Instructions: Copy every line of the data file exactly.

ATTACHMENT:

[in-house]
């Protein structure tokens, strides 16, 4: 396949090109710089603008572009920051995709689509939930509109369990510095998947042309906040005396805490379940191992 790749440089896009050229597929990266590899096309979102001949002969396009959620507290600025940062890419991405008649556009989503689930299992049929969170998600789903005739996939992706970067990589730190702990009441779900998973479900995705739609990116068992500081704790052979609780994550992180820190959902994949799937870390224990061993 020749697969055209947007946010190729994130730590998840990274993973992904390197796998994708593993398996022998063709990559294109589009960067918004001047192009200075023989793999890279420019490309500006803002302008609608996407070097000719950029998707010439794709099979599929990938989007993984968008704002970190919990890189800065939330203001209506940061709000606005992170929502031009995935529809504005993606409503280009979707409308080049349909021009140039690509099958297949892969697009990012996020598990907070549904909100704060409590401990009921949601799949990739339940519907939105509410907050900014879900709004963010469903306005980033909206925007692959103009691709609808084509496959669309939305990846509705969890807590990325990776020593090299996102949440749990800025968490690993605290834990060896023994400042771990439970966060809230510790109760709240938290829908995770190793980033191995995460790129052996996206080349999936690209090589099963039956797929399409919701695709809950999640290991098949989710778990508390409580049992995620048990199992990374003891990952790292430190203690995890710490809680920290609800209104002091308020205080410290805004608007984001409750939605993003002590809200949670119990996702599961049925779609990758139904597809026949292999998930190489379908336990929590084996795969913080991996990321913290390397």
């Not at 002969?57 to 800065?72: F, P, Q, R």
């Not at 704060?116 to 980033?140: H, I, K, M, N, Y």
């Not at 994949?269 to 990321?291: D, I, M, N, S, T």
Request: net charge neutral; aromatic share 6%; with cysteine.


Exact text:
[in-house]
């Protein structure tokens, strides 16, 4: 396949090109710089603008572009920051995709689509939930509109369990510095998947042309906040005396805490379940191992 790749440089896009050229597929990266590899096309979102001949002969396009959620507290600025940062890419991405008649556009989503689930299992049929969170998600789903005739996939992706970067990589730190702990009441779900998973479900995705739609990116068992500081704790052979609780994550992180820190959902994949799937870390224990061993 020749697969055209947007946010190729994130730590998840990274993973992904390197796998994708593993398996022998063709990559294109589009960067918004001047192009200075023989793999890279420019490309500006803002302008609608996407070097000719950029998707010439794709099979599929990938989007993984968008704002970190919990890189800065939330203001209506940061709000606005992170929502031009995935529809504005993606409503280009979707409308080049349909021009140039690509099958297949892969697009990012996020598990907070549904909100704060409590401990009921949601799949990739339940519907939105509410907050900014879900709004963010469903306005980033909206925007692959103009691709609808084509496959669309939305990846509705969890807590990325990776020593090299996102949440749990800025968490690993605290834990060896023994400042771990439970966060809230510790109760709240938290829908995770190793980033191995995460790129052996996206080349999936690209090589099963039956797929399409919701695709809950999640290991098949989710778990508390409580049992995620048990199992990374003891990952790292430190203690995890710490809680920290609800209104002091308020205080410290805004608007984001409750939605993003002590809200949670119990996702599961049925779609990758139904597809026949292999998930190489379908336990929590084996795969913080991996990321913290390397």
């Not at 002969?57 to 800065?72: F, P, Q, R």
């Not at 704060?116 to 980033?140: H, I, K, M, N, Y």
């Not at 994949?269 to 990321?291: D, I, M, N, S, T």
Request: net charge neutral; aromatic share 6%; with cysteine.